Australian High Commission
New Zealand
High Commission address: 72-76 Hobson Street, Thorndon, Wellington - Telephone: +64 (0)4 473 6411 - Fax: +64 (0)4 498 7135

Sportsmen and women ( ... and a horse and a boat).

Australians simply love their sport. It doesn't matter what kind of sport, where it is played, and whether it is for a championship on the other side of the world, or a local game played out in the "bush".

Australia has had a number of sport stars who have excelled on the world stage. Below is a very small selection of some of those men and women who have bought honour to themselves and their country.

A great many legendary athletes have not been included. Check out the links at the bottom of this page to find out about these and other great Australian athletes. More to come real soon.

Australia II

Australia II was the first successful challenger for the America's Cup. The America's Cup is the most famous trophy in the sport of yachting, and the oldest active trophy in sports.

Designed by Ben Lexcen and built by Stephan Ward for owner Alan Bond, Australia II featured an innovative winged keel design developed by Lexcen.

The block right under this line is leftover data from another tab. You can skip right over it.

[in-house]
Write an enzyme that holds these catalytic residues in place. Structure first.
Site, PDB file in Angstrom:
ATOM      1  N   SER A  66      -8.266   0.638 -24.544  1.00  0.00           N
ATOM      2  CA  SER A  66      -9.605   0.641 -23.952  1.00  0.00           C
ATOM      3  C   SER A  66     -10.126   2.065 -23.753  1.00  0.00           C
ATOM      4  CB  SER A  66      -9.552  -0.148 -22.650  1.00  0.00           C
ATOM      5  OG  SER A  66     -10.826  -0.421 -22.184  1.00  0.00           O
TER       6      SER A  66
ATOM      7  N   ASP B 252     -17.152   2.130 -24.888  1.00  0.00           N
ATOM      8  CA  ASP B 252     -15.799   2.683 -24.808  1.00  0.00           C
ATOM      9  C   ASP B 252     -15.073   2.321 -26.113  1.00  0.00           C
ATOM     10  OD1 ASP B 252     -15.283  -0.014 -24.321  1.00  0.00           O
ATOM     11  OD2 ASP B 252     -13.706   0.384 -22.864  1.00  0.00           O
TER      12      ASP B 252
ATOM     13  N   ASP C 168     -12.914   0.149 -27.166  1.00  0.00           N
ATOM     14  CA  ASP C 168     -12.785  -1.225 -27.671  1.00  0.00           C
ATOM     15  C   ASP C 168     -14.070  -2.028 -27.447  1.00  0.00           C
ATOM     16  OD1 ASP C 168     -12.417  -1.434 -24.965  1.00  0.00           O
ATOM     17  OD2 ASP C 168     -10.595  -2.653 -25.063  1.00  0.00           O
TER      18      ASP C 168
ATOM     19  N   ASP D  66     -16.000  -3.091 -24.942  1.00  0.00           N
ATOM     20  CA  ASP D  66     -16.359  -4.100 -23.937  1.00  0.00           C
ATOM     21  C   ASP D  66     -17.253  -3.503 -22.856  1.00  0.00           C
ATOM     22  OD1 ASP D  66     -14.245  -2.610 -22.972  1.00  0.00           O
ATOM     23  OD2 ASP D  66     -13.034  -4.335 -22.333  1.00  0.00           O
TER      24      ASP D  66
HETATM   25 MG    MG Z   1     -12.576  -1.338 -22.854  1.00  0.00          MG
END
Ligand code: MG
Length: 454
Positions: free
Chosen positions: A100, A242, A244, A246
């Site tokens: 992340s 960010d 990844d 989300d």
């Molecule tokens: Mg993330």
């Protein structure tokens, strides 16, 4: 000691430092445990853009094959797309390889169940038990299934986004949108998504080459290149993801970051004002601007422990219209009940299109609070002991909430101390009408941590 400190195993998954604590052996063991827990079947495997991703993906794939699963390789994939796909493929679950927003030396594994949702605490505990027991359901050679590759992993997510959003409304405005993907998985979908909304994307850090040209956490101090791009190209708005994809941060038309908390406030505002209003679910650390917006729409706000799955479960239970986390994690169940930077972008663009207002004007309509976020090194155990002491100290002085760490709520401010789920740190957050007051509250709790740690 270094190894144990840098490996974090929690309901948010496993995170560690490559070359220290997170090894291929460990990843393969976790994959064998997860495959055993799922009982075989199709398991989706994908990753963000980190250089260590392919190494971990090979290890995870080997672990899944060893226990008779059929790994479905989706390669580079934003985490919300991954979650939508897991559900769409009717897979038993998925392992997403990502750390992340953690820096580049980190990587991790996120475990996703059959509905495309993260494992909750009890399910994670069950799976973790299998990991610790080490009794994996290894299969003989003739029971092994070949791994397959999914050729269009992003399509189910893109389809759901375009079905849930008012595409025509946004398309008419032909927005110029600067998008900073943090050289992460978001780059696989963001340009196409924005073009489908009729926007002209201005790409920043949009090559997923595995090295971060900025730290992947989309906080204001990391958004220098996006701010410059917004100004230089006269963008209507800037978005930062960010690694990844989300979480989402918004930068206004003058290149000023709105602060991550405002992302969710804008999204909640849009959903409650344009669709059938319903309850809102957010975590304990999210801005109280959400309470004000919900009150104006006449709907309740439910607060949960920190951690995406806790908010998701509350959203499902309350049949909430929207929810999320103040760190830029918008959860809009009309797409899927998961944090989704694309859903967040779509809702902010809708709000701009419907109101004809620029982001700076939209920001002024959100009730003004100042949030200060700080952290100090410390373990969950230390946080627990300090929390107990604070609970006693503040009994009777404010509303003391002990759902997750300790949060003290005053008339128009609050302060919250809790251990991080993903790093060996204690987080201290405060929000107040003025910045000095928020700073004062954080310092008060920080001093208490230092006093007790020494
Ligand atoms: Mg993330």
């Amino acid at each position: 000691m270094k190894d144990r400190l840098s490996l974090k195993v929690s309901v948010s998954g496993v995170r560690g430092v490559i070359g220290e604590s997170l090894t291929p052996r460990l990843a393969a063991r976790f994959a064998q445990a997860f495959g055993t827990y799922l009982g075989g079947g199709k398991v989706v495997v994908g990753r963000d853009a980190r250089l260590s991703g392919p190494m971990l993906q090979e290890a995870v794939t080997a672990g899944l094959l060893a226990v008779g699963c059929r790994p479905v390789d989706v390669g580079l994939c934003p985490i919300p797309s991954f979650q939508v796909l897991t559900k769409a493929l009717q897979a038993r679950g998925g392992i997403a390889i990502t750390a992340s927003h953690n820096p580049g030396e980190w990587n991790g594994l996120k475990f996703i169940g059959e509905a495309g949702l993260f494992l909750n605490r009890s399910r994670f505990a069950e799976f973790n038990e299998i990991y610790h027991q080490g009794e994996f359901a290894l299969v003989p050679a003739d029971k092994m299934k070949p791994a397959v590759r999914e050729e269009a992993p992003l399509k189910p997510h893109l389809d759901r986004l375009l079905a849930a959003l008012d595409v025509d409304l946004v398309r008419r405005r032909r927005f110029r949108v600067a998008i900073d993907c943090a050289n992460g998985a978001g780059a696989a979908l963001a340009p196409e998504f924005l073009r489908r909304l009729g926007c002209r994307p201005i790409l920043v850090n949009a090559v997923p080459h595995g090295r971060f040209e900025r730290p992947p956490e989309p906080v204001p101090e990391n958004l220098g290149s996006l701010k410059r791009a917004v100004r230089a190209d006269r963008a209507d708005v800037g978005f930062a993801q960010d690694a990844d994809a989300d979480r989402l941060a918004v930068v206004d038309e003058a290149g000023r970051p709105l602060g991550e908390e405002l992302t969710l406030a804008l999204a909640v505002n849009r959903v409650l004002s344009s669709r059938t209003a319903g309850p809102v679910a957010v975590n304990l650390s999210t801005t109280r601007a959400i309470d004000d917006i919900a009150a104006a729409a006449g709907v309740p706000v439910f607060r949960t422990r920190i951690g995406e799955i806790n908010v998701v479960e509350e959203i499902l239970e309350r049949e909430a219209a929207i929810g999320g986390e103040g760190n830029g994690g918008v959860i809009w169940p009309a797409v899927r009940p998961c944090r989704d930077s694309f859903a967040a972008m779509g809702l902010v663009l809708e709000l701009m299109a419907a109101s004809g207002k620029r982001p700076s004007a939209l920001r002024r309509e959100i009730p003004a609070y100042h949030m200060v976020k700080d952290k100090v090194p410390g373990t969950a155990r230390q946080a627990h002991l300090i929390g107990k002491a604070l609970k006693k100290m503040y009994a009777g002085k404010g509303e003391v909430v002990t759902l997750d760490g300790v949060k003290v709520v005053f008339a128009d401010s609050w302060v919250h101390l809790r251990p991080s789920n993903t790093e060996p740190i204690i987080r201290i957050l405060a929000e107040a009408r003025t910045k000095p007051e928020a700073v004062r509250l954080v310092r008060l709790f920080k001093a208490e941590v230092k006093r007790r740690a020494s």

The 12-Meter Class yacht Australia II represented the Royal Perth Yacht Club in its 1983 challenge for the America's Cup. The defender, the New York Yacht Club, had held the cup since 1851, dominating challengers and sustaining the longest winning streak in sports. Australia II was skippered by John Bertrand.

Australia II came from behind to prevail 4 races to 3. The victory was a landmark event for the nation of Australia.

The winged keel was the most notable design feature of the boat, and helped to make it very fast and manoeuvrable in many conditions. Still, many experts point out that Australia II had a number of significant strengths in addition to the keel. Australia's sail technology in particular had finally equaled or exceeded that of the Americans. Further, Bertrand made sure he and his crew was trained and refined to execute at the highest levels despite the pressure of this historical matchup.